A key site during early pioneer days was the point where the Ridge Route climbed to the top of the escarpment south of the Trinity River.

The Rock Lodge
One of the first White Settlement sites in Oak Cliff

The Ridge Route

Fragment from an 1852 map

(click on map for larger view)

On this 1852 map the red dot marks where the version of the Ridge Route cutting inside Coombes Creek reached the top of the escarpment slope. From there travelers coming from the south could see, for the first time during their journey, the valley of the Trinity River, below. They could have camped there if they needed to wait for floods to subside. Abundant fresh water at Kidds Springs (originally known as Gilberts Springs) was nearby. From this hilltop crossroads, one trail turned east to the rock-bottom crossing of the Trinity River that John Neely Bryan selected as his site for Dallas, and another trail continued north across the broad flood-plain.

Today at 1622 Cedar Hill Avenue stands the Rock Lodge, built in the 1870s, which is (as far as I am able to ascertain) the oldest surviving masonry structure within the city limits of Dallas.

The site of Rock Lodge is even older than the stone house – it makes a good candidate for being the possible site of Mabel Gilbert’s 1842 cabin (if the Gilberts built on this side of the Trinity) and/or shortly thereafter, W.P. Overton’s horse drawn grist-mill (the first in Dallas County). During the 1950s neighbors called this stone house “the old Stagecoach Inn” and its location would have made it an ideal spot for stage coach lines to set up a way-station. Though the earliest area of permanent White Settlement in Oak Cliff, for various reasons few other structures were built in this district until after World War II.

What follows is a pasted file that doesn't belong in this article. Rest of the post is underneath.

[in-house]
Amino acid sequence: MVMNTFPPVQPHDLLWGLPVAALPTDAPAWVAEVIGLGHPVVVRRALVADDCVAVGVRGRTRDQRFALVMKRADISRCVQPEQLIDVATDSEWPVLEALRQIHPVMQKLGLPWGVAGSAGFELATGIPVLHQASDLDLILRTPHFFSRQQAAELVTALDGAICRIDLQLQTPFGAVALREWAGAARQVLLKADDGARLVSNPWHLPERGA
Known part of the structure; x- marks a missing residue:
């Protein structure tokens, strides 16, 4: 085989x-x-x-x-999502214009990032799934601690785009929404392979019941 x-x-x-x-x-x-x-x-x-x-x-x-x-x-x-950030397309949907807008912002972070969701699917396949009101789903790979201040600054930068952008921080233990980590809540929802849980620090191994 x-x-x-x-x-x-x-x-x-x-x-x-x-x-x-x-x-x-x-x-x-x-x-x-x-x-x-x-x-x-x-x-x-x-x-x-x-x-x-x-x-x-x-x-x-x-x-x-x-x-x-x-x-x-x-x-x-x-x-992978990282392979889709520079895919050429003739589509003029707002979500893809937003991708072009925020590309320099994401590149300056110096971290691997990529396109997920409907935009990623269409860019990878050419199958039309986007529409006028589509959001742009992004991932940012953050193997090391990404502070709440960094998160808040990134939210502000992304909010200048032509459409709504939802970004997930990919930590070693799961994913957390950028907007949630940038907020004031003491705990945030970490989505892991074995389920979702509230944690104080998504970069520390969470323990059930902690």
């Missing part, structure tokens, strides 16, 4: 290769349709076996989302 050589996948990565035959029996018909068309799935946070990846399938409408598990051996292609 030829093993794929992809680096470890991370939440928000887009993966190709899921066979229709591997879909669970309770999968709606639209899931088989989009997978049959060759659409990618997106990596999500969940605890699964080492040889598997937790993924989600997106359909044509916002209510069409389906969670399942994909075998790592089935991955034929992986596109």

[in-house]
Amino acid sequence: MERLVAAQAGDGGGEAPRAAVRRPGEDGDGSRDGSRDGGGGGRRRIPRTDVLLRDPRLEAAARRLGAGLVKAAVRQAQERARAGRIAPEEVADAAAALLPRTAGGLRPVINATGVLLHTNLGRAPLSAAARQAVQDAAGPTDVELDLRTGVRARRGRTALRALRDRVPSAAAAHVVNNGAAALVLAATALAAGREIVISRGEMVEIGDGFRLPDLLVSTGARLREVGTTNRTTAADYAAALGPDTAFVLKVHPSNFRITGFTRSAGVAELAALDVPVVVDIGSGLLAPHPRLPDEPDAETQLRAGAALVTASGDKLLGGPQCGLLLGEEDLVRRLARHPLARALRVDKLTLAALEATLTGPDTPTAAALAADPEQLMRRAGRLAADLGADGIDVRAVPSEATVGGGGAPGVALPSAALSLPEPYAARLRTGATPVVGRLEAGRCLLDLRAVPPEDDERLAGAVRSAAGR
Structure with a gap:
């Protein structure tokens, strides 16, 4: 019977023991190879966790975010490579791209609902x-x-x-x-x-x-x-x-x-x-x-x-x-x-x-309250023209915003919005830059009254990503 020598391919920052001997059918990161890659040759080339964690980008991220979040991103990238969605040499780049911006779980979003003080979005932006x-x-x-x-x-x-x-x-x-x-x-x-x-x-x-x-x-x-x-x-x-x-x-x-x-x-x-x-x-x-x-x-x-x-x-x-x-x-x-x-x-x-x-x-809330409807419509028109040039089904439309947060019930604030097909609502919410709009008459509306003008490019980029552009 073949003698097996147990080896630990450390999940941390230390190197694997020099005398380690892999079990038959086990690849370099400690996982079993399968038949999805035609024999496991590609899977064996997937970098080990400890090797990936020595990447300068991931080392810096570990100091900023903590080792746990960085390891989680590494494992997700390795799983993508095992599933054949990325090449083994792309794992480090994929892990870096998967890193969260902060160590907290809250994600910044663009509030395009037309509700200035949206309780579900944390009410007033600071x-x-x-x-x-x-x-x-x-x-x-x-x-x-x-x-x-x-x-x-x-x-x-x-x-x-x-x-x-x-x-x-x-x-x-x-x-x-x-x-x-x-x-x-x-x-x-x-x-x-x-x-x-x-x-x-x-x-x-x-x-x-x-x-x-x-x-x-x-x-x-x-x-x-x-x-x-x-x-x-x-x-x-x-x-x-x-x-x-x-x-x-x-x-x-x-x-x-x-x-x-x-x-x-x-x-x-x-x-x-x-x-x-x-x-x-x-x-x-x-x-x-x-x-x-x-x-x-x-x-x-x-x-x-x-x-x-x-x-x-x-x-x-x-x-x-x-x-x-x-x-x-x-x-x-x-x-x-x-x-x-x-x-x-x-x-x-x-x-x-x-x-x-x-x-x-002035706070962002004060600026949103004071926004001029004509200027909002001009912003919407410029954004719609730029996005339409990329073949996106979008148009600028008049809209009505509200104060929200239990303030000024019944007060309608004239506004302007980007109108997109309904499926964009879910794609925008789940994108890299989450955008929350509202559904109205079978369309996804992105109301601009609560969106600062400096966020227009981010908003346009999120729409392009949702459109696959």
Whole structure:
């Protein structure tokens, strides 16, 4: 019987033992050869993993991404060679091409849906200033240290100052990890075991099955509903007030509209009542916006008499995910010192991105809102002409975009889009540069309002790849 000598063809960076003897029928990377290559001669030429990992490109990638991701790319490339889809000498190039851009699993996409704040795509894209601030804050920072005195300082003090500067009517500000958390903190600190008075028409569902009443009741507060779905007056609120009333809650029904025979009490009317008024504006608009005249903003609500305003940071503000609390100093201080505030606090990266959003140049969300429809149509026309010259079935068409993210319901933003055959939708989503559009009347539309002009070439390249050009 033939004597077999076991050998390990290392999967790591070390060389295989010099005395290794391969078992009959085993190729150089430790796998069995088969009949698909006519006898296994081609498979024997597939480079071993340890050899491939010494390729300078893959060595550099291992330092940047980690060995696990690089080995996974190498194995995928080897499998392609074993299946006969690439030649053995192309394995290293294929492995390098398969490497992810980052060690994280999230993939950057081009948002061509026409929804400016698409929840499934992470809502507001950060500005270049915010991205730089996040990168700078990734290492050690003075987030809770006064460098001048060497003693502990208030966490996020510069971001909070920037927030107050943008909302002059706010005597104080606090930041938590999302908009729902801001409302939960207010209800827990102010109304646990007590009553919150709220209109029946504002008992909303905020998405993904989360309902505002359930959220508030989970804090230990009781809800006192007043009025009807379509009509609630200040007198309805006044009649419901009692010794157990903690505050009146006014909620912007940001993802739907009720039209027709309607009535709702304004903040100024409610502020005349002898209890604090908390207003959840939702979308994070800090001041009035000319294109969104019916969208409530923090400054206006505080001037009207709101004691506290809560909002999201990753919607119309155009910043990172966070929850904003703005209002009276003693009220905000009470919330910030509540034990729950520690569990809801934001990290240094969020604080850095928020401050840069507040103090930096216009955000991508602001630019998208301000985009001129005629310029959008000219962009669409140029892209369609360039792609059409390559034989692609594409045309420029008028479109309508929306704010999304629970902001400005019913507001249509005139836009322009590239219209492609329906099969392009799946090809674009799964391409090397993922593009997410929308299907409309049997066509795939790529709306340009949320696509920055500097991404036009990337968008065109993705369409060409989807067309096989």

Rock Lodge in 1926
The Dallas Morning News

(click on image for larger view)

The massive Rock Lodge was built by S.A. Rush during the 1870s, using nearby stone. For many years Rush was well known in the area, and on the southeast corner of West Davis and North Tennant Streets he established Rush Chapel, a little country Methodist church that served as forerunner of today's Tyler Street Methodist Church. When this 1926 photograph was taken the Rock Lodge was being used as a chicken-dinner restaurant, with a long dining porch viewing downtown Dallas below. Contrary to the newspaper report, the Rock Lodge was never demolished, but not long after this photograph was taken the wonderful central cupola (then in a state of decay) was removed.

1925 Newspaper obituary of S.A. Rush: (Click here).

Rock Lodge in 2002

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The Rock Lodge was extensively remodeled around 1930. Though the original design faced the house eastward, the rear kitchen wing became the current front. Today the "Rock Lodge" remains a private residence. Various additions and restorations have been made over the years. There have been numerous rumors of archaelogical relics unearthed in the surrounding yards.

12 April 2017
Jim Barnes